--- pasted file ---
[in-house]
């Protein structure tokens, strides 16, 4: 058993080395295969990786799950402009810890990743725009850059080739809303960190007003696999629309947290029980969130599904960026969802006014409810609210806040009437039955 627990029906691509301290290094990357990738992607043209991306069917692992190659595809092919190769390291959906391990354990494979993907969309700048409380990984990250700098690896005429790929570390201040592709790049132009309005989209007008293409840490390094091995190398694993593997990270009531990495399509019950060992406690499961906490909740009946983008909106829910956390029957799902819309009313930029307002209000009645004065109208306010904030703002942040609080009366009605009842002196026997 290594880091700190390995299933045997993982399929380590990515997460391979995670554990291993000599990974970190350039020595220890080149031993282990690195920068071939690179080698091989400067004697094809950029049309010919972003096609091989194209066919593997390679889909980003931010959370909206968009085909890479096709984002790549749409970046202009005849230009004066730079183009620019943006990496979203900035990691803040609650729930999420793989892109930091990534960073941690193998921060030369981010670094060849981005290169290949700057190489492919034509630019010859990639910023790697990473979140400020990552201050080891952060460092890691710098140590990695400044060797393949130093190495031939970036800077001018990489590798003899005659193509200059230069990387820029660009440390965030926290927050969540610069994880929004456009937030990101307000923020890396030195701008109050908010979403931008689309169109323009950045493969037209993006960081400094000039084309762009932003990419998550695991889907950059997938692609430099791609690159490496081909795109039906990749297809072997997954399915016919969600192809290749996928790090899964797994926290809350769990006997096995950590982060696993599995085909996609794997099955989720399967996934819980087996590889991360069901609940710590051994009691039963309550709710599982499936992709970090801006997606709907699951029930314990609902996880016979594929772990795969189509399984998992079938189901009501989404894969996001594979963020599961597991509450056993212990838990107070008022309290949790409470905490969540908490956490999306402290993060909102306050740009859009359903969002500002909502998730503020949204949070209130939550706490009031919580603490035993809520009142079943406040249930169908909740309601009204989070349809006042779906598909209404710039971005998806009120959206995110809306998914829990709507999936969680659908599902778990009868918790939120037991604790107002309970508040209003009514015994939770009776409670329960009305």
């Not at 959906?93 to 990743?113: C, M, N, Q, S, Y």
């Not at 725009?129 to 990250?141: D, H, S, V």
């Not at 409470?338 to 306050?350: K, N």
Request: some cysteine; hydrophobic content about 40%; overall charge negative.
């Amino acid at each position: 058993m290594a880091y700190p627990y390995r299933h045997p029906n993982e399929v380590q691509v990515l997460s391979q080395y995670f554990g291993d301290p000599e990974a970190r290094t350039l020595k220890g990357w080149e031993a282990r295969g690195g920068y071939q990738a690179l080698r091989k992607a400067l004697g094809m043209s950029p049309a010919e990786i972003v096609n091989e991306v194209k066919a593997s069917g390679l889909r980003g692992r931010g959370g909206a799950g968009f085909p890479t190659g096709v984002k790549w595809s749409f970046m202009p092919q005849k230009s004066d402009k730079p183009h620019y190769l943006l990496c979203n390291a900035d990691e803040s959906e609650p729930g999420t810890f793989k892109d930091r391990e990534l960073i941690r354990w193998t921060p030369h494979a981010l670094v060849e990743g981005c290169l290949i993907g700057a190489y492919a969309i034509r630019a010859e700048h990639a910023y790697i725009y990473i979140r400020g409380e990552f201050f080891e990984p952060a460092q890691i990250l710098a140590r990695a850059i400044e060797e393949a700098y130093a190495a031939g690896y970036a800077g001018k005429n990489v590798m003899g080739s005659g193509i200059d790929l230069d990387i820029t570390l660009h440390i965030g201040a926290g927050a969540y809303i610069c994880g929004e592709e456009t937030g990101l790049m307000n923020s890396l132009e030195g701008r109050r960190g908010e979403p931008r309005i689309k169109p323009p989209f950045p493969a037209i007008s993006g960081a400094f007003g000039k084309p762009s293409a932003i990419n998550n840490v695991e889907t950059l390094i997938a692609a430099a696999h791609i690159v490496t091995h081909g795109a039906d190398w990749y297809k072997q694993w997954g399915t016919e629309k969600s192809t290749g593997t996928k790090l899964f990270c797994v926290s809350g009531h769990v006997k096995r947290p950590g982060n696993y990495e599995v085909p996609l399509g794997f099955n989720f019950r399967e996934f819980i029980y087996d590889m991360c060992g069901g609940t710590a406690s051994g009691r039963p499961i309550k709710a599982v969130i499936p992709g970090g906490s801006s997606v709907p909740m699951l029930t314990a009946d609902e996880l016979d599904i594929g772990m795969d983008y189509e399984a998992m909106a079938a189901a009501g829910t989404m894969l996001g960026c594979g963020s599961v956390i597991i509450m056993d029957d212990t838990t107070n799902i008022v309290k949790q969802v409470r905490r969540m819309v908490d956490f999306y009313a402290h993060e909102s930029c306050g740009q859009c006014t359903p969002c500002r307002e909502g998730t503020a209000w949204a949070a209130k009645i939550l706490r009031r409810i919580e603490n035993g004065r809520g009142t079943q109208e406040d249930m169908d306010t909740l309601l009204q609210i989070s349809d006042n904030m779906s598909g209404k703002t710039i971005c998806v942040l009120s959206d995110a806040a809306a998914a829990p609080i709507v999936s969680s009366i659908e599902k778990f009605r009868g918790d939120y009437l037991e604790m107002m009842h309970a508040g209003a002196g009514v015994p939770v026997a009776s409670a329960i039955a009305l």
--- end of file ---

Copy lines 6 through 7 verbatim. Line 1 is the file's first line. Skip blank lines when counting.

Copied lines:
Request: some cysteine; hydrophobic content about 40%; overall charge negative.
């Amino acid at each position: 058993m290594a880091y700190p627990y390995r299933h045997p029906n993982e399929v380590q691509v990515l997460s391979q080395y995670f554990g291993d301290p000599e990974a970190r290094t350039l020595k220890g990357w080149e031993a282990r295969g690195g920068y071939q990738a690179l080698r091989k992607a400067l004697g094809m043209s950029p049309a010919e990786i972003v096609n091989e991306v194209k066919a593997s069917g390679l889909r980003g692992r931010g959370g909206a799950g968009f085909p890479t190659g096709v984002k790549w595809s749409f970046m202009p092919q005849k230009s004066d402009k730079p183009h620019y190769l943006l990496c979203n390291a900035d990691e803040s959906e609650p729930g999420t810890f793989k892109d930091r391990e990534l960073i941690r354990w193998t921060p030369h494979a981010l670094v060849e990743g981005c290169l290949i993907g700057a190489y492919a969309i034509r630019a010859e700048h990639a910023y790697i725009y990473i979140r400020g409380e990552f201050f080891e990984p952060a460092q890691i990250l710098a140590r990695a850059i400044e060797e393949a700098y130093a190495a031939g690896y970036a800077g001018k005429n990489v590798m003899g080739s005659g193509i200059d790929l230069d990387i820029t570390l660009h440390i965030g201040a926290g927050a969540y809303i610069c994880g929004e592709e456009t937030g990101l790049m307000n923020s890396l132009e030195g701008r109050r960190g908010e979403p931008r309005i689309k169109p323009p989209f950045p493969a037209i007008s993006g960081a400094f007003g000039k084309p762009s293409a932003i990419n998550n840490v695991e889907t950059l390094i997938a692609a430099a696999h791609i690159v490496t091995h081909g795109a039906d190398w990749y297809k072997q694993w997954g399915t016919e629309k969600s192809t290749g593997t996928k790090l899964f990270c797994v926290s809350g009531h769990v006997k096995r947290p950590g982060n696993y990495e599995v085909p996609l399509g794997f099955n989720f019950r399967e996934f819980i029980y087996d590889m991360c060992g069901g609940t710590a406690s051994g009691r039963p499961i309550k709710a599982v969130i499936p992709g970090g906490s801006s997606v709907p909740m699951l029930t314990a009946d609902e996880l016979d599904i594929g772990m795969d983008y189509e399984a998992m909106a079938a189901a009501g829910t989404m894969l996001g960026c594979g963020s599961v956390i597991i509450m056993d029957d212990t838990t107070n799902i008022v309290k949790q969802v409470r905490r969540m819309v908490d956490f999306y009313a402290h993060e909102s930029c306050g740009q859009c006014t359903p969002c500002r307002e909502g998730t503020a209000w949204a949070a209130k009645i939550l706490r009031r409810i919580e603490n035993g004065r809520g009142t079943q109208e406040d249930m169908d306010t909740l309601l009204q609210i989070s349809d006042n904030m779906s598909g209404k703002t710039i971005c998806v942040l009120s959206d995110a806040a809306a998914a829990p609080i709507v999936s969680s009366i659908e599902k778990f009605r009868g918790d939120y009437l037991e604790m107002m009842h309970a508040g209003a002196g009514v015994p939770v026997a009776s409670a329960i039955a009305l």